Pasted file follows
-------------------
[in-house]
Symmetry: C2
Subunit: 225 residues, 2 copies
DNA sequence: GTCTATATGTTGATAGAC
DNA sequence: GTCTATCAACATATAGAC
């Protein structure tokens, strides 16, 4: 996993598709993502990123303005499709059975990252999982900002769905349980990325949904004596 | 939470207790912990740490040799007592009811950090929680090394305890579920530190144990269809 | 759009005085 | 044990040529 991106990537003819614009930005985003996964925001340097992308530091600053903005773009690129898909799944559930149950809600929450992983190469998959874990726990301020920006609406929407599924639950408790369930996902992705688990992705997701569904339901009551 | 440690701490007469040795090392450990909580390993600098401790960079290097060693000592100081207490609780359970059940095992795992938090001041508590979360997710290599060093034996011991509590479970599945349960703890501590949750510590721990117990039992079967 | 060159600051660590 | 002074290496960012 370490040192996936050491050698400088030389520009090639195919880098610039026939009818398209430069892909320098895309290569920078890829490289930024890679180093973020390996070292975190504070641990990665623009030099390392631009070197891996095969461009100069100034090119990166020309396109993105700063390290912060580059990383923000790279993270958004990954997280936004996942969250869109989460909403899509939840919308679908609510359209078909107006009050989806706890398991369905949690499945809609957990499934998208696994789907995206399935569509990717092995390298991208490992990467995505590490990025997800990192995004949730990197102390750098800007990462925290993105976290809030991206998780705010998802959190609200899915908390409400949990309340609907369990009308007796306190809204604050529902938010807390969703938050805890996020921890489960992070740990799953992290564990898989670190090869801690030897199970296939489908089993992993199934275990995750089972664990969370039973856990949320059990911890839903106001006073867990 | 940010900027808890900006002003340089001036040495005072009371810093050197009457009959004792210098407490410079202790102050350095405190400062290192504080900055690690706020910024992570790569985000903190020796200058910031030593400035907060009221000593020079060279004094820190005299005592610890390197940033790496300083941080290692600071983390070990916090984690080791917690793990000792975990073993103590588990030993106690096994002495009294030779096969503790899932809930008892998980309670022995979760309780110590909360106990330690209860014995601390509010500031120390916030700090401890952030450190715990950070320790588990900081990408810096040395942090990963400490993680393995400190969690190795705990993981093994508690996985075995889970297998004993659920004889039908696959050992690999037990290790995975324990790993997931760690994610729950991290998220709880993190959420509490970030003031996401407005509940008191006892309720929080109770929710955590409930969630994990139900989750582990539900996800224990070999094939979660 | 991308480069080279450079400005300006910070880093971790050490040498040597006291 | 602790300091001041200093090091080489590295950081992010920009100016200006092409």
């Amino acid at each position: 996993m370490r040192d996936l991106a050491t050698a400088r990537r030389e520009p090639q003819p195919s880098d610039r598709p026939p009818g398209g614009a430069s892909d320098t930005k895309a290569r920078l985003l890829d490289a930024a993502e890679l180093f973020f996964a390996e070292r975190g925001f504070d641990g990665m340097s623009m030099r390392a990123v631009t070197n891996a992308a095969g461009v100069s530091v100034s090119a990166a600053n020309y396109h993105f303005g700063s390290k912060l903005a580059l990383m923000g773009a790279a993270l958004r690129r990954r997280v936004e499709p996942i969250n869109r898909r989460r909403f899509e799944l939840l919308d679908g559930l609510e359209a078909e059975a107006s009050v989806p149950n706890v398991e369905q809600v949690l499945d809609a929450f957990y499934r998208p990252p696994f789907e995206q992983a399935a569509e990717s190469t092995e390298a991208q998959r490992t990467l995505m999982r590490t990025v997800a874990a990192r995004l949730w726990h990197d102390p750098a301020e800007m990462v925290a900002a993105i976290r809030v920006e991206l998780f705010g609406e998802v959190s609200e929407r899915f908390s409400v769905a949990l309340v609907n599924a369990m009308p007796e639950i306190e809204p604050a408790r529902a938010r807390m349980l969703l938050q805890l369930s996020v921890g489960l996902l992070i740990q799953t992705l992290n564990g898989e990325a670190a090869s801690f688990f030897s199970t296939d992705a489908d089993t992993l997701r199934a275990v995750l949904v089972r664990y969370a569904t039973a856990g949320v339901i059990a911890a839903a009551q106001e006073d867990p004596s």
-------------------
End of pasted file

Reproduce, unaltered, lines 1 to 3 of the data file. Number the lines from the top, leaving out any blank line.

[in-house]
Symmetry: C2
Subunit: 225 residues, 2 copies